60 U.S. schools will offer the new African American Advanced Placement (AP) class as part of their fall curriculum, marking the first time that high school students across the nation will have the option to take the course, NBC News reported.
This comes as part of the new pilot program introduced by the College Board, which developed the curriculum with high school teachers at Howard University.
“AP African American Studies will introduce a new generation of students to the amazingly rich cultural, artistic, and political contributions of African Americans,” said Trevor Packer, senior vice president of AP and instruction at the College Board. “We hope it will broaden the invitation to Advanced Placement and inspire students with a fuller appreciation of the American story.”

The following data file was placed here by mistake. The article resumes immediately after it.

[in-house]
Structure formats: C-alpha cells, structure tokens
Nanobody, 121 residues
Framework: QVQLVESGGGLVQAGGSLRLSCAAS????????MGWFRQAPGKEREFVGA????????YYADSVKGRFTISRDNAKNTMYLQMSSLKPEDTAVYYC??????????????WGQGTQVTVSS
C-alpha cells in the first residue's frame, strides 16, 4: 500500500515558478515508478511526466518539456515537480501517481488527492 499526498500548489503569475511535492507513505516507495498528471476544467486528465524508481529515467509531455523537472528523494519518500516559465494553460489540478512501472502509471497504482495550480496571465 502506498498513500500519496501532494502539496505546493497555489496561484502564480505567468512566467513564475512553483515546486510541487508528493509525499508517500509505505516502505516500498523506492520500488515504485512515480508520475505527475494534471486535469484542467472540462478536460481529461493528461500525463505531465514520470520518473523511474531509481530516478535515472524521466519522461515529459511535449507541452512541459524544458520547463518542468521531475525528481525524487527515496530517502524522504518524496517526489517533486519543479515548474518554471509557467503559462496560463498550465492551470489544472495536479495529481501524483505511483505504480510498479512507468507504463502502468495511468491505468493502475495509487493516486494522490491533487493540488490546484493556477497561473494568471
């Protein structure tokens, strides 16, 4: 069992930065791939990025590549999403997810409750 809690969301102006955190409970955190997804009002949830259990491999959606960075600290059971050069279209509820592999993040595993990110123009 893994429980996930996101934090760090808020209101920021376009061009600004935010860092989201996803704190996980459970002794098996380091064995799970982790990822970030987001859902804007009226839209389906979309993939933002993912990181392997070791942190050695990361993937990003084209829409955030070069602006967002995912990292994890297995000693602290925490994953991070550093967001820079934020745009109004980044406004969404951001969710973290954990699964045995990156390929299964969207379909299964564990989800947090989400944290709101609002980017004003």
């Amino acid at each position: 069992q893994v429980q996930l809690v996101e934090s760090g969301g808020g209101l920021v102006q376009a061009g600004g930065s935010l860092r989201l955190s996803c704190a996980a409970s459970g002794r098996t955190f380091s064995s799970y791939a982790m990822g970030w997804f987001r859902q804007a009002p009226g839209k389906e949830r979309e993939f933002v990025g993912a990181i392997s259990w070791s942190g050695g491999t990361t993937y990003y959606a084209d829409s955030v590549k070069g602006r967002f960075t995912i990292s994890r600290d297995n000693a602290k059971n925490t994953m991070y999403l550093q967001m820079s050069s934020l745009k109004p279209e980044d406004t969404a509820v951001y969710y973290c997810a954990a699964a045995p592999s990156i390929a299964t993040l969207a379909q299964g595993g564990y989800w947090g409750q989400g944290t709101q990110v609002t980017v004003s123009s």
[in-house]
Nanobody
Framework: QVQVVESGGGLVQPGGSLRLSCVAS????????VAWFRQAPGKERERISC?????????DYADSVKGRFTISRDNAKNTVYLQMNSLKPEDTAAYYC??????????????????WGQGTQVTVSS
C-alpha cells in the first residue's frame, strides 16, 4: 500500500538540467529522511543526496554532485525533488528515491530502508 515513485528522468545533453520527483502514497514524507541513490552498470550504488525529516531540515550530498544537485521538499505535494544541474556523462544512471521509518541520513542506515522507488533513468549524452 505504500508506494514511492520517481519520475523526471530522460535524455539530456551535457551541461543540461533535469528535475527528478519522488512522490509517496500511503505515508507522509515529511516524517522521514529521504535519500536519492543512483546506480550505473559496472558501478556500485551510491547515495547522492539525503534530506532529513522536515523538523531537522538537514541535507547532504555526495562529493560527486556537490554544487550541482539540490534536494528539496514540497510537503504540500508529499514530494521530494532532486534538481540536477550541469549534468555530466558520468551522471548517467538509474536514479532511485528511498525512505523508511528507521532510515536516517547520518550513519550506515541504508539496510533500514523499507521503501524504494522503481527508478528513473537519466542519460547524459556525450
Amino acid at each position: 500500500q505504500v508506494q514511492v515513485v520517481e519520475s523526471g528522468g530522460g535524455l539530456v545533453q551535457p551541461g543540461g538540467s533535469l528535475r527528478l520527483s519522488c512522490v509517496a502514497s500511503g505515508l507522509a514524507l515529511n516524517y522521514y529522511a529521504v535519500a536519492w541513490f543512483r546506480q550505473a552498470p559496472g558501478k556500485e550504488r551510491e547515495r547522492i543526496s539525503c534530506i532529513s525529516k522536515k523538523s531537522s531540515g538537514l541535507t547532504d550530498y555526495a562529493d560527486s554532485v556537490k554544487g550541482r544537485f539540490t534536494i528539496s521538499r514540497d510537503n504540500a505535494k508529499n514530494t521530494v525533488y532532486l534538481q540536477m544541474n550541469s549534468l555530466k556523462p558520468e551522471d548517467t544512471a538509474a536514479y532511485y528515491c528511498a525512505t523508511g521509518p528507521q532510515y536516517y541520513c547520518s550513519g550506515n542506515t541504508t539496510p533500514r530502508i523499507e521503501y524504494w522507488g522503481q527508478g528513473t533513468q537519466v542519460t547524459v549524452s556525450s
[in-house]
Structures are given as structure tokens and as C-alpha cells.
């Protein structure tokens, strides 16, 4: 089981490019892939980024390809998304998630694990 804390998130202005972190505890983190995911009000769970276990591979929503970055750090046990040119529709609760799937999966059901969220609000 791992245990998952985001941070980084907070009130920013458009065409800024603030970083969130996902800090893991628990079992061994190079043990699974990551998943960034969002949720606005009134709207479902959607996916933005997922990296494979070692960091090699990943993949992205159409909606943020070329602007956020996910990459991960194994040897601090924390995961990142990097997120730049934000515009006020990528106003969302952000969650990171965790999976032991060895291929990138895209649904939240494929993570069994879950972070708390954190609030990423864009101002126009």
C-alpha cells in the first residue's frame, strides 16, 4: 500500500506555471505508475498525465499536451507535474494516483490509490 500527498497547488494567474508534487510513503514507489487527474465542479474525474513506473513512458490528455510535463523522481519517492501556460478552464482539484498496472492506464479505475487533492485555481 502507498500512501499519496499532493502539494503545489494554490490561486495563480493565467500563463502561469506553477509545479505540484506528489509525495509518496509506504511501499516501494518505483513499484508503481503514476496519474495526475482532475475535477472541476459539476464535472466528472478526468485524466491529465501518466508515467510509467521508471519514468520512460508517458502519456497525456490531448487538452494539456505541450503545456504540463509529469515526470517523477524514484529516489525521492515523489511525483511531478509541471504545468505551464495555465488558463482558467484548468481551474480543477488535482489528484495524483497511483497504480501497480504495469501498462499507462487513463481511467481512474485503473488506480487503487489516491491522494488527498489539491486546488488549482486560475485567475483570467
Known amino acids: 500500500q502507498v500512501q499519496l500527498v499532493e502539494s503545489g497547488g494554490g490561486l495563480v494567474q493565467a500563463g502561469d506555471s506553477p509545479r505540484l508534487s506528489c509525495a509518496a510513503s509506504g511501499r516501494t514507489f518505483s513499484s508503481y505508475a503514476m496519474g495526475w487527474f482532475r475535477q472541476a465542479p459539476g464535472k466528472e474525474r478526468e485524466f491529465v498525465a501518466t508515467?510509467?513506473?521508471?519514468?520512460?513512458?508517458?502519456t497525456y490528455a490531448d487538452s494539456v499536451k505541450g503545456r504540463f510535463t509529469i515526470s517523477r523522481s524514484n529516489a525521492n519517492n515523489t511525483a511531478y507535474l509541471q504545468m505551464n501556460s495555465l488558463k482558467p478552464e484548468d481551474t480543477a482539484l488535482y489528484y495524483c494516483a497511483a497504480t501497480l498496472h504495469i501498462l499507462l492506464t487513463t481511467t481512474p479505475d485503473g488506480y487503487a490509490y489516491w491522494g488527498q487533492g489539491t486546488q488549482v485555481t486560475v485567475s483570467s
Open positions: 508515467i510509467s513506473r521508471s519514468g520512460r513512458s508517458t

More schools are expected to be added during the pilot’s second year.
The course is the College Board’s first course since 2014 and the 40th course developed. It comes amid arguments over teaching critical race theory and legislative attempts to stop schools from teaching about structural and historical racism.